Weather changes cause heart failure

Many people are sensitive to weather changes: they are aggravated by chronic diseases, pressure leaps, noises are traumatized once the parts of the body. This state is called meteorological dependence. Many people are skeptical about this phenomenon, and some, on the contrary, closely monitor the changes in the weather and stock up on medicines in the off-season.

Canadian researchers from the universities of Laval and Sherbrooke said that weather changes really affect people’s health. In particular, when there are temperature and atmospheric pressure changes, the number of hospitalizations of elderly people increases. In this case, in general, physicians are dealing with heart failure.

“We know that doctors rarely take into account the weather forecast for treatment or recommendations for patients with heart failure.We wanted to show that temperature changes can be an important factor for health status: low temperatures and high blood pressure can trigger heart failure,” says the leading author of the work is Professor Pierre Gosselin (Pierre Gosselin).

His team analyzed the data of 112793 thousand people aged 65 years. All of them were diagnosed with “heart failure” between 2001 and 2001. The doctors observed the state of health of volunteers for 635 days. In parallel, scientists recorded weather conditions: average temperature, relative humidity, atmospheric pressure, and also the level of pollution in the environment. The specialists wanted to find out if there was any connection between the weather changes and the patients’ health.

It turned out that such a relationship does exist. In winter (October to April), the risk of hospitalization and death among people with heart failure was much higher than in the summer period (from May to September).

With each decrease in the average weekly temperature by one degree Celsius, the risk of exacerbation of heart disease increased by 0.7%, experts say. And with increasing atmospheric pressure by one kilopascal these risks increased by 4.5% at once.

Researchers note: in many countries around the world, with the onset of cold weather, the temperature drops by an average of ten degrees Celsius for only seven days. During this period, among people older than 65 years, the incidence of hospitalization and death from heart disease is increased by 7%.

In the course of this study, for 635 days, 18309 people were hospitalized and 4,297 people died, the authors add.

To explain such a relationship is actually quite simple: it is a natural reaction of the organism to cold. Our heart starts to beat faster, so that we can more quickly distill blood and warm the body.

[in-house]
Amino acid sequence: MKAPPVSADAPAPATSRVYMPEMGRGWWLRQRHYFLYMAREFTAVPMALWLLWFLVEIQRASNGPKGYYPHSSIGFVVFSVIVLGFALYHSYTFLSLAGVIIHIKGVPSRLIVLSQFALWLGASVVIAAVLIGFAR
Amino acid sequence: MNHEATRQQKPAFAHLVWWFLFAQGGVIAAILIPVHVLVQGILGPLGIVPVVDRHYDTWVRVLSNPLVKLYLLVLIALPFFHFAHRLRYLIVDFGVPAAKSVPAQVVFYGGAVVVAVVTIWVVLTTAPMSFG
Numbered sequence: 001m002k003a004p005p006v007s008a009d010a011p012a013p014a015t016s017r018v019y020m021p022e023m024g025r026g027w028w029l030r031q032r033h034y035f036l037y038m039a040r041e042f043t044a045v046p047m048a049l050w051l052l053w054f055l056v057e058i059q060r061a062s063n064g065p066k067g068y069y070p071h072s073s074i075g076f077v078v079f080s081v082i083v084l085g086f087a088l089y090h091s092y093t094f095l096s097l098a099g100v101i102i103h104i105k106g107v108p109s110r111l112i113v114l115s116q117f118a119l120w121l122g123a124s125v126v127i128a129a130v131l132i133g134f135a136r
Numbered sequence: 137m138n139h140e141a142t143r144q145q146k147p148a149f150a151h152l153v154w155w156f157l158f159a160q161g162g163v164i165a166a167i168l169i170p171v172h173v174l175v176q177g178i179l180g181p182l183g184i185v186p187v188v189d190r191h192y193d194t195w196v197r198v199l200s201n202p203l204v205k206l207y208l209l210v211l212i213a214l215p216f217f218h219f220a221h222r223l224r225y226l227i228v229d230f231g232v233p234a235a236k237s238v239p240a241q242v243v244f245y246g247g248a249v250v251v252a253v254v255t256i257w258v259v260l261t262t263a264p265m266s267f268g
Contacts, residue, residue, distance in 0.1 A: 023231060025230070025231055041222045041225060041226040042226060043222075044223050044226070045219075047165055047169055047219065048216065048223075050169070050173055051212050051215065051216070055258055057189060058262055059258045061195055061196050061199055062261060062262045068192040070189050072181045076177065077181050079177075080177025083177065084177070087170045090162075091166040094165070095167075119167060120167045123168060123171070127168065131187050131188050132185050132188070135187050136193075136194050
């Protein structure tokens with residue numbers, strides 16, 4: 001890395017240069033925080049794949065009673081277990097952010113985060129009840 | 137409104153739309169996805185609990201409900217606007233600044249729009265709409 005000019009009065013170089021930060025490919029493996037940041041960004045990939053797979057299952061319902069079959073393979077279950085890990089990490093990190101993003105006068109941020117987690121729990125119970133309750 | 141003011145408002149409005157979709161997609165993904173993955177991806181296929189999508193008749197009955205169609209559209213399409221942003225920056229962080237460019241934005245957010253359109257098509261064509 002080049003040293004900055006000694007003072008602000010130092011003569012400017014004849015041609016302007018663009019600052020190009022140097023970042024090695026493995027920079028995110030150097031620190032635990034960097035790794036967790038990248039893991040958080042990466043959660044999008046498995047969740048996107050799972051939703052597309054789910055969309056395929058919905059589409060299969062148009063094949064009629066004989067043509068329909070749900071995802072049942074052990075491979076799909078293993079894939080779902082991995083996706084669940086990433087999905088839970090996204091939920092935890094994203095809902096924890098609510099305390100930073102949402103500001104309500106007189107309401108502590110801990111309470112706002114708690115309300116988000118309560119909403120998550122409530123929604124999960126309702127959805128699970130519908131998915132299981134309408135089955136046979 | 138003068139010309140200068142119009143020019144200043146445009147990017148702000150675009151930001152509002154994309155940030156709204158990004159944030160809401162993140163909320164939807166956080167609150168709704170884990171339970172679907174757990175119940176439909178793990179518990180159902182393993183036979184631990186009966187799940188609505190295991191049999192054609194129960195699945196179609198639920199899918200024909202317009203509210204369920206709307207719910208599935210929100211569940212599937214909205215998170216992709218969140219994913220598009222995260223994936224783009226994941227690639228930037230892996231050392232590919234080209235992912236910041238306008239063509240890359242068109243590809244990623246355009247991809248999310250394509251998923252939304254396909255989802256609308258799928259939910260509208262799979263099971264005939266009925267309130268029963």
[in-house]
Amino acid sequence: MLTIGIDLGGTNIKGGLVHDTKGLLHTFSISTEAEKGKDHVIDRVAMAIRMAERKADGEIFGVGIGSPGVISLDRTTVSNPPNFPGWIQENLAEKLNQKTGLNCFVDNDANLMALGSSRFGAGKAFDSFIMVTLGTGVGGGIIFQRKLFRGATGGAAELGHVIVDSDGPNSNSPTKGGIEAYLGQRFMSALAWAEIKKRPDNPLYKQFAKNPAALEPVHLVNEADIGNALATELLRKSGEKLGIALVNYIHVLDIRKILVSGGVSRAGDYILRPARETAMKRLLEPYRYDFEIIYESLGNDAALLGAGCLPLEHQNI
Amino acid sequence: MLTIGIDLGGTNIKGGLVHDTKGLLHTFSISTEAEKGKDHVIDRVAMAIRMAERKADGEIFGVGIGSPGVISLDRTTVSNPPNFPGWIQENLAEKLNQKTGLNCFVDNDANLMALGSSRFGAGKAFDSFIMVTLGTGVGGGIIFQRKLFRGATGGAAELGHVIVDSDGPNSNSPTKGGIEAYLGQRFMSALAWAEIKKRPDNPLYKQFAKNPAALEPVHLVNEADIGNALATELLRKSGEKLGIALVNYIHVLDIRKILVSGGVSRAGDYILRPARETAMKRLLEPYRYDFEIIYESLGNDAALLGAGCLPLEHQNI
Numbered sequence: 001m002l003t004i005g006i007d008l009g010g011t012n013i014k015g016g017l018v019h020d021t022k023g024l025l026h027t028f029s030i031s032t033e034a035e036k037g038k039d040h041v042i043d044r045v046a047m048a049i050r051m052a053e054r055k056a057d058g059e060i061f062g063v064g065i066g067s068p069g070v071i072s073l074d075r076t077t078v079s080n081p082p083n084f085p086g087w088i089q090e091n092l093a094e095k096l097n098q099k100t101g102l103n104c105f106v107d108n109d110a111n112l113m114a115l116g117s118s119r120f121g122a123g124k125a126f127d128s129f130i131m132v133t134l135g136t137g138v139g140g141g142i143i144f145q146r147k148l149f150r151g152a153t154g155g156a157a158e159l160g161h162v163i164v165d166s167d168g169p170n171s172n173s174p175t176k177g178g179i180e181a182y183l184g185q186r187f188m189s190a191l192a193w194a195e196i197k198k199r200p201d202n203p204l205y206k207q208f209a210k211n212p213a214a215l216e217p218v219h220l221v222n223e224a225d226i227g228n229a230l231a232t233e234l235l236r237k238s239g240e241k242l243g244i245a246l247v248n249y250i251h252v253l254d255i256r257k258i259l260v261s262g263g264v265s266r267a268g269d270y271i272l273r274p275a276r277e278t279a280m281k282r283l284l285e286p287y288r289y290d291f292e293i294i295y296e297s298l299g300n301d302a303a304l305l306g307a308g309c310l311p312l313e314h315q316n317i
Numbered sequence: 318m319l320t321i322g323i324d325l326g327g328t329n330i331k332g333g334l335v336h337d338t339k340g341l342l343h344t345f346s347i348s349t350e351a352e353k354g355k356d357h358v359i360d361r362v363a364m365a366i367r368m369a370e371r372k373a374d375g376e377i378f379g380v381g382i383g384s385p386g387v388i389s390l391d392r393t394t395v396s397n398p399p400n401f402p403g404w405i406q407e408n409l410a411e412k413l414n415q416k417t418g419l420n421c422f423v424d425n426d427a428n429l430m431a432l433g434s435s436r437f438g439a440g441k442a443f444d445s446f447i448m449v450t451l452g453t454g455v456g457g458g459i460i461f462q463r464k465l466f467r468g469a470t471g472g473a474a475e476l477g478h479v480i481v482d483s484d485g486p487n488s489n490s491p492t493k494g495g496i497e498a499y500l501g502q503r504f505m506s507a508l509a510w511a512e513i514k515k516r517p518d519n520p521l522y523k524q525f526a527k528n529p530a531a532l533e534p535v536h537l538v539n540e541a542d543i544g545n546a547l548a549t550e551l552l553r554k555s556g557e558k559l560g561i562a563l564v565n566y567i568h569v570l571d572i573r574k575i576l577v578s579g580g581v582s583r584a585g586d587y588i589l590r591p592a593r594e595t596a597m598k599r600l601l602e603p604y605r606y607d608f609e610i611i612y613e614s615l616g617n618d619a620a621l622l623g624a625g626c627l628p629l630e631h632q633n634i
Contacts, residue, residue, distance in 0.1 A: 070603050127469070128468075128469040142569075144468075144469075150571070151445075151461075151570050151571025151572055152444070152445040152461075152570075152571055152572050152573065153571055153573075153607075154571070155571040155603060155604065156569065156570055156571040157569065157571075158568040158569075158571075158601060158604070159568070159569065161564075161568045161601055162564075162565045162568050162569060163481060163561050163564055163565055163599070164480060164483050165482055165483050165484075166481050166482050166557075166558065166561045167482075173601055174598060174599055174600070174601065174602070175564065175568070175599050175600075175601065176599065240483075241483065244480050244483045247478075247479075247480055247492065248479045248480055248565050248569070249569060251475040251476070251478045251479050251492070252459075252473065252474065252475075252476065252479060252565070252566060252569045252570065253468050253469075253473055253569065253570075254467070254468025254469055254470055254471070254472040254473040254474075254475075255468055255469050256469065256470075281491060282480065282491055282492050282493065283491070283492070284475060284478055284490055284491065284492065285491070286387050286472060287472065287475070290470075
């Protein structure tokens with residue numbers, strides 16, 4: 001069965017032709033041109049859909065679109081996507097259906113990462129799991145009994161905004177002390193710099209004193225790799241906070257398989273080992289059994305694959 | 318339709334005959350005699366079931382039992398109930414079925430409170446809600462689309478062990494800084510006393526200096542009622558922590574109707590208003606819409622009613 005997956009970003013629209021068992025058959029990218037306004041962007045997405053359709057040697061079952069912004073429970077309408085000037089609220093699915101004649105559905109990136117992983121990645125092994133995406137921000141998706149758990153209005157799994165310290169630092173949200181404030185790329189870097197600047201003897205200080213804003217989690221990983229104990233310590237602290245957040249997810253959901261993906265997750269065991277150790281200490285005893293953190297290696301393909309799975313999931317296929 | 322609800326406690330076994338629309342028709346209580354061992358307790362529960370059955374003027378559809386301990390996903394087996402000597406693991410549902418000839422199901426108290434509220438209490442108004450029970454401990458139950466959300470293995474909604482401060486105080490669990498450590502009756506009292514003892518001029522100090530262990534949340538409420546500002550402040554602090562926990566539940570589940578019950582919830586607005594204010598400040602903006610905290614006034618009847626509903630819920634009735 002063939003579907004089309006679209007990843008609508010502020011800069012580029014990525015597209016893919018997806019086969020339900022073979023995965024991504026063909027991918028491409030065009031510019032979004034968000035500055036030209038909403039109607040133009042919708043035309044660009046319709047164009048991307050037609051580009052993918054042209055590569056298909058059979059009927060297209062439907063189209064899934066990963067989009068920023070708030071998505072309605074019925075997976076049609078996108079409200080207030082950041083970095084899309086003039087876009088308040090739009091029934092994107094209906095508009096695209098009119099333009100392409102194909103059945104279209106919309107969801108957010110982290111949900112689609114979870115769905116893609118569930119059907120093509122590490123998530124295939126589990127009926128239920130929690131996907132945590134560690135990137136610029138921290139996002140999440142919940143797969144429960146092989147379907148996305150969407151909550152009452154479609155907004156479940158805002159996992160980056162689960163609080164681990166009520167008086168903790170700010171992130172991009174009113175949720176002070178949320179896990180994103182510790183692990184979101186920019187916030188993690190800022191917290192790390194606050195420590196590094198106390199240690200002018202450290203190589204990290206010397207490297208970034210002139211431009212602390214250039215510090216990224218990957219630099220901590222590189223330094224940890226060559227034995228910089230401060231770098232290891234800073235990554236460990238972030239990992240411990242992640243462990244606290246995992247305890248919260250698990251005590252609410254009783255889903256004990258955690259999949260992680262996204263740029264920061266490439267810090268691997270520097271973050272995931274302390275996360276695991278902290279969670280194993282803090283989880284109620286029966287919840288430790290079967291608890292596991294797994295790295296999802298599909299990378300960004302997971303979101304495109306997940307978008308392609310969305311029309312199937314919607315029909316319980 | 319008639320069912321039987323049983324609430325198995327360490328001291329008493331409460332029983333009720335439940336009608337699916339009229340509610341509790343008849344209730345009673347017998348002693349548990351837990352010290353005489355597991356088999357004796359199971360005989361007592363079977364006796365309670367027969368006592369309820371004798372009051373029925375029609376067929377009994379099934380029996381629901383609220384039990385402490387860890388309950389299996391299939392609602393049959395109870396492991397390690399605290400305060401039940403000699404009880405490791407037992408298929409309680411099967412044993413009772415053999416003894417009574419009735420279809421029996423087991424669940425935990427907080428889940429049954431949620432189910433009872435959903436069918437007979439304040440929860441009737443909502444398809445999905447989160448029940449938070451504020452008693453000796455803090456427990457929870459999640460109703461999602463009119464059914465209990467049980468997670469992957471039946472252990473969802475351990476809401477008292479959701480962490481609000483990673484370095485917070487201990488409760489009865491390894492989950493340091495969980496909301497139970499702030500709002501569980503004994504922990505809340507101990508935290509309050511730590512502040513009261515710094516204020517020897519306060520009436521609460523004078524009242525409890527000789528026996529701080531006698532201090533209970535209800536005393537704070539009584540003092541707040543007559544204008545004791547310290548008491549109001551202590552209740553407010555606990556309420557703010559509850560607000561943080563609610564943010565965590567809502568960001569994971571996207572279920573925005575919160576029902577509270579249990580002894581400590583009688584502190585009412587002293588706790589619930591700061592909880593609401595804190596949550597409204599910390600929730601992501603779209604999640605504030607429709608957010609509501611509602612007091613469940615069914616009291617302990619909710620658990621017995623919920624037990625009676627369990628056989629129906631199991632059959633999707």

As long as the body regulates heat exchange under new conditions, the arteries narrow slightly. Another reaction of the body to the cold is hormonal changes, because of which the blood becomes thicker. As a result, the load on our arteries and blood vessels is very large: to overstrain the thickened blood through narrow channels, when the heart is working “at maxima”, – the task is not of the lungs. It is not surprising that this leads to an increase in blood pressure and cardiovascular insufficiency.

Physicians note that most healthy people easily tolerate such an adaptation period. However, if the coronary arteries are clogged with atherosclerotic plaques, the body faces a heart attack.

Since the treatment of people with heart failure is an “expensive pleasure” (the cost of the health care system for treating patients in Canada is in third place), scientists believe that it would be more optimal to review the existing methods of therapy and the issuing of recommendations.

By the way, earlier similar work was done by Swedish scientists: they studied the relationship of temperature changes with exacerbations of heart diseases for 16 years. In this study, 280,000 patients participated, not only the elderly, but volunteers of all ages who consulted cardiologists with complaints of heart pain. As a result, experts concluded that the colder the weather, the higher the risk of a heart attack.

Physicians at least should inform patients about possible risks, as well as give recommendations taking into account weather changes, experts say. In their view, such studies are particularly relevant in connection with global climate change.

More details about their work Canadian scientists tell in the magazine Environment International.